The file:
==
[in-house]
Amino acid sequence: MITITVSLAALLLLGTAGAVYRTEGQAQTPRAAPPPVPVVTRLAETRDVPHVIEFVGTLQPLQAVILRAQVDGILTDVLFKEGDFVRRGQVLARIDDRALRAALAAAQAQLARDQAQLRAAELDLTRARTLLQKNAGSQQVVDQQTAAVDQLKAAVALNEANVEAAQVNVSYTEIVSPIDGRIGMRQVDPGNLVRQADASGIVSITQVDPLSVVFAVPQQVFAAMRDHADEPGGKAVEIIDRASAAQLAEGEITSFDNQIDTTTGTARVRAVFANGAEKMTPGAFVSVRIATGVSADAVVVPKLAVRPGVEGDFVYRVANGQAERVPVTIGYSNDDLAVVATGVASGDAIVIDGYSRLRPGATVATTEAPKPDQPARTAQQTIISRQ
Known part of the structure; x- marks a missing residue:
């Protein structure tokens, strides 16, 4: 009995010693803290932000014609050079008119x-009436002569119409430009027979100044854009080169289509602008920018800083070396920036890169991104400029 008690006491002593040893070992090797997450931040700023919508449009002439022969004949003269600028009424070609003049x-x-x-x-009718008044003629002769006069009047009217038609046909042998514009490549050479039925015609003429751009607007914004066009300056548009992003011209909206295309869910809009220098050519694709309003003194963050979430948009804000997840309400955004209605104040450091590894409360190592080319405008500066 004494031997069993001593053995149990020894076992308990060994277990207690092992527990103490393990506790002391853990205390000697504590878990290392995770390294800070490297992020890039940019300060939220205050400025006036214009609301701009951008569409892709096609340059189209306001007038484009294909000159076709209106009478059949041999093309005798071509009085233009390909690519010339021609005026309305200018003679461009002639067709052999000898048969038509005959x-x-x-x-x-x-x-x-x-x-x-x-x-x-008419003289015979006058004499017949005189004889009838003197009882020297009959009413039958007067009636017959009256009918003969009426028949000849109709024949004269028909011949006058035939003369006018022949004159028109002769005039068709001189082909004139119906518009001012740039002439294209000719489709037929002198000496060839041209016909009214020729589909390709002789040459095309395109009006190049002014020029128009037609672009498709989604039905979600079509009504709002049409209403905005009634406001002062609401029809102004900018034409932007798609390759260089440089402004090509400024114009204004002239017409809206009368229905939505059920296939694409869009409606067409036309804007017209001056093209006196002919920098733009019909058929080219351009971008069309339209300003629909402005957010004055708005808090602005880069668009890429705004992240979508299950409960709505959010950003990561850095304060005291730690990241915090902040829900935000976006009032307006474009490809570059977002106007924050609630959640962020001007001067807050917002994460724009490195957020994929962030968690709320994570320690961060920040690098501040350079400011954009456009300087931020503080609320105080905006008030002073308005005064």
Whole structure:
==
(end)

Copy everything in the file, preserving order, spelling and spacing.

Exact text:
[in-house]
Amino acid sequence: MITITVSLAALLLLGTAGAVYRTEGQAQTPRAAPPPVPVVTRLAETRDVPHVIEFVGTLQPLQAVILRAQVDGILTDVLFKEGDFVRRGQVLARIDDRALRAALAAAQAQLARDQAQLRAAELDLTRARTLLQKNAGSQQVVDQQTAAVDQLKAAVALNEANVEAAQVNVSYTEIVSPIDGRIGMRQVDPGNLVRQADASGIVSITQVDPLSVVFAVPQQVFAAMRDHADEPGGKAVEIIDRASAAQLAEGEITSFDNQIDTTTGTARVRAVFANGAEKMTPGAFVSVRIATGVSADAVVVPKLAVRPGVEGDFVYRVANGQAERVPVTIGYSNDDLAVVATGVASGDAIVIDGYSRLRPGATVATTEAPKPDQPARTAQQTIISRQ
Known part of the structure; x- marks a missing residue:
């Protein structure tokens, strides 16, 4: 009995010693803290932000014609050079008119x-009436002569119409430009027979100044854009080169289509602008920018800083070396920036890169991104400029 008690006491002593040893070992090797997450931040700023919508449009002439022969004949003269600028009424070609003049x-x-x-x-009718008044003629002769006069009047009217038609046909042998514009490549050479039925015609003429751009607007914004066009300056548009992003011209909206295309869910809009220098050519694709309003003194963050979430948009804000997840309400955004209605104040450091590894409360190592080319405008500066 004494031997069993001593053995149990020894076992308990060994277990207690092992527990103490393990506790002391853990205390000697504590878990290392995770390294800070490297992020890039940019300060939220205050400025006036214009609301701009951008569409892709096609340059189209306001007038484009294909000159076709209106009478059949041999093309005798071509009085233009390909690519010339021609005026309305200018003679461009002639067709052999000898048969038509005959x-x-x-x-x-x-x-x-x-x-x-x-x-x-008419003289015979006058004499017949005189004889009838003197009882020297009959009413039958007067009636017959009256009918003969009426028949000849109709024949004269028909011949006058035939003369006018022949004159028109002769005039068709001189082909004139119906518009001012740039002439294209000719489709037929002198000496060839041209016909009214020729589909390709002789040459095309395109009006190049002014020029128009037609672009498709989604039905979600079509009504709002049409209403905005009634406001002062609401029809102004900018034409932007798609390759260089440089402004090509400024114009204004002239017409809206009368229905939505059920296939694409869009409606067409036309804007017209001056093209006196002919920098733009019909058929080219351009971008069309339209300003629909402005957010004055708005808090602005880069668009890429705004992240979508299950409960709505959010950003990561850095304060005291730690990241915090902040829900935000976006009032307006474009490809570059977002106007924050609630959640962020001007001067807050917002994460724009490195957020994929962030968690709320994570320690961060920040690098501040350079400011954009456009300087931020503080609320105080905006008030002073308005005064």
Whole structure: